Emily is a historian of medieval Europe, specialising in late medieval ethical thought. She particularly looks at manuals for priests and investigates the advice they were given on how to resolve dilemmas. The part of ethics concerned with difficult decisions came to be known as casuistry and, after the Reformation, was particularly associated with the Jesuit order. In the later period, casuistry was controversial because it appeared to be too permissive; in the middle ages, however, this kind of ethics was extremely popular and an important intellectual resource for church institutions. Emily’s research will eventually become a history of casuistry from the thirteenth century up to the end of the Council of Trent (1563). Her doctoral research was on medieval thought about lying, particularly investigating whether the medieval clergy ever thought it was permissible to lie, swear a false oath or deceive. Prior to joining UCL she was a Junior Research Fellow at St John’s College Oxford.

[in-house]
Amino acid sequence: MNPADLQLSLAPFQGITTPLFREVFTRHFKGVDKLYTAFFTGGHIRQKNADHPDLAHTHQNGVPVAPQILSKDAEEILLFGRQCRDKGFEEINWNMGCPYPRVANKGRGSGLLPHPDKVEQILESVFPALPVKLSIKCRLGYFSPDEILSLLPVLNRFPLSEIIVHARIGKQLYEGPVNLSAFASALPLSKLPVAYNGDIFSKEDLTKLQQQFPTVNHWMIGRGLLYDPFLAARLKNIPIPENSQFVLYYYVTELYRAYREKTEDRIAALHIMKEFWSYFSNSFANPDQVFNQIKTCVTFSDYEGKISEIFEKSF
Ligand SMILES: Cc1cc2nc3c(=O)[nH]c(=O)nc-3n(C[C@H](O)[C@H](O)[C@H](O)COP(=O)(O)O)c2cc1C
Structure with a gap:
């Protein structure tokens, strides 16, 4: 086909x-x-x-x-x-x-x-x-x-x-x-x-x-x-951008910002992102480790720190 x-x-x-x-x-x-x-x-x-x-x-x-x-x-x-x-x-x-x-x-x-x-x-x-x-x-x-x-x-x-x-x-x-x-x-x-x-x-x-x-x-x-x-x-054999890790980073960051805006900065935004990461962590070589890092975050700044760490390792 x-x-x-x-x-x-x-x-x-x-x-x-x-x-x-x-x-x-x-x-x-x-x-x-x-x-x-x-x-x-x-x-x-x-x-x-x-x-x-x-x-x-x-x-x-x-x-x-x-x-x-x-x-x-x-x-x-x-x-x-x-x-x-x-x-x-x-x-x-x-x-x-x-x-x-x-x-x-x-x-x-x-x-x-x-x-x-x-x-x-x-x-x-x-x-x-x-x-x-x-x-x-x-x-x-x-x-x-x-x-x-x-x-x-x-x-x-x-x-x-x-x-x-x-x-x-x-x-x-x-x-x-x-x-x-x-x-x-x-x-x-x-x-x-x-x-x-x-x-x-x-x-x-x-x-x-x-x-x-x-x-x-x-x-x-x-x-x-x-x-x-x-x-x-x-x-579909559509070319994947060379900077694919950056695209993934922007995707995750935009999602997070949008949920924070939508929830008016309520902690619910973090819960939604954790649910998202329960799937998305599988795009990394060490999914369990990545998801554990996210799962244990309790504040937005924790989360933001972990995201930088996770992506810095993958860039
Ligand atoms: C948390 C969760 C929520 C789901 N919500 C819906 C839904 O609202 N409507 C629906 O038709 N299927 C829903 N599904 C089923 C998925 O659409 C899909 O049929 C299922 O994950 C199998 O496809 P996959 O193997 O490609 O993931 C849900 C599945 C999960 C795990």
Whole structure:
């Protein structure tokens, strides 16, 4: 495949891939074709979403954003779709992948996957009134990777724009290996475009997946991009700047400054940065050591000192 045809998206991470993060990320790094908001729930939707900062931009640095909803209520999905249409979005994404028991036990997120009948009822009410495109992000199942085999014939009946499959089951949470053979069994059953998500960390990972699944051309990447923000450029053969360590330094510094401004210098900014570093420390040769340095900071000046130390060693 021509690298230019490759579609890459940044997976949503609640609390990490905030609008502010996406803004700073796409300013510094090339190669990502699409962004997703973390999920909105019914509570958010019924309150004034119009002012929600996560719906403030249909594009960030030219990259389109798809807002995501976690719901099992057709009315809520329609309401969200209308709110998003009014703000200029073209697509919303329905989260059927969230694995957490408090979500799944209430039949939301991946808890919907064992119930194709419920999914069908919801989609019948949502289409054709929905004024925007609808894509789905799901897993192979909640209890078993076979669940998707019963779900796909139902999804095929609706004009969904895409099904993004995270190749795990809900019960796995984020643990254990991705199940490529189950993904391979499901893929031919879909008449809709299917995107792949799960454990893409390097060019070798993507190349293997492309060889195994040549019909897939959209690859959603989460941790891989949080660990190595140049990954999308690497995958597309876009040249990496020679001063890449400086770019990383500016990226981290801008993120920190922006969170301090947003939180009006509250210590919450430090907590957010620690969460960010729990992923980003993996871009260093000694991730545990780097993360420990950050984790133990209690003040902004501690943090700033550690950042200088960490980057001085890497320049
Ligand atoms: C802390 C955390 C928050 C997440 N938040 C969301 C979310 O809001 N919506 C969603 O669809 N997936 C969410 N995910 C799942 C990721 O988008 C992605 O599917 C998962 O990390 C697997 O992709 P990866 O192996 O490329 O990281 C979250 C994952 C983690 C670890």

- Lying and Perjury in Medieval Practical Thought: A Study in the History of Casuistry, Oxford University Press, 2018.
- ‘Moral Dilemmas in English Confessors’ Manuals’ in C. Watkins and A. Spencer (eds.), Thirteenth Century England XVI (Boydell and Brewer, 2016) pp. 21-36.
- ‘Peter John Olivi’s Ethics of Lying and Equivocation: Casuistical Teaching drawn from his Commentaries of Matthew 5:37 and Luke 24:28.’ Archivum Franciscanum Historicum 108.1-2 (2015): 89-114.
‘Hiding the Truth: Exegetical Discussions of Abraham’s Lie from Hugh of Saint Victor to Stephen Langton.’ Historical Research 87.235 (Feb 2014): 1-17.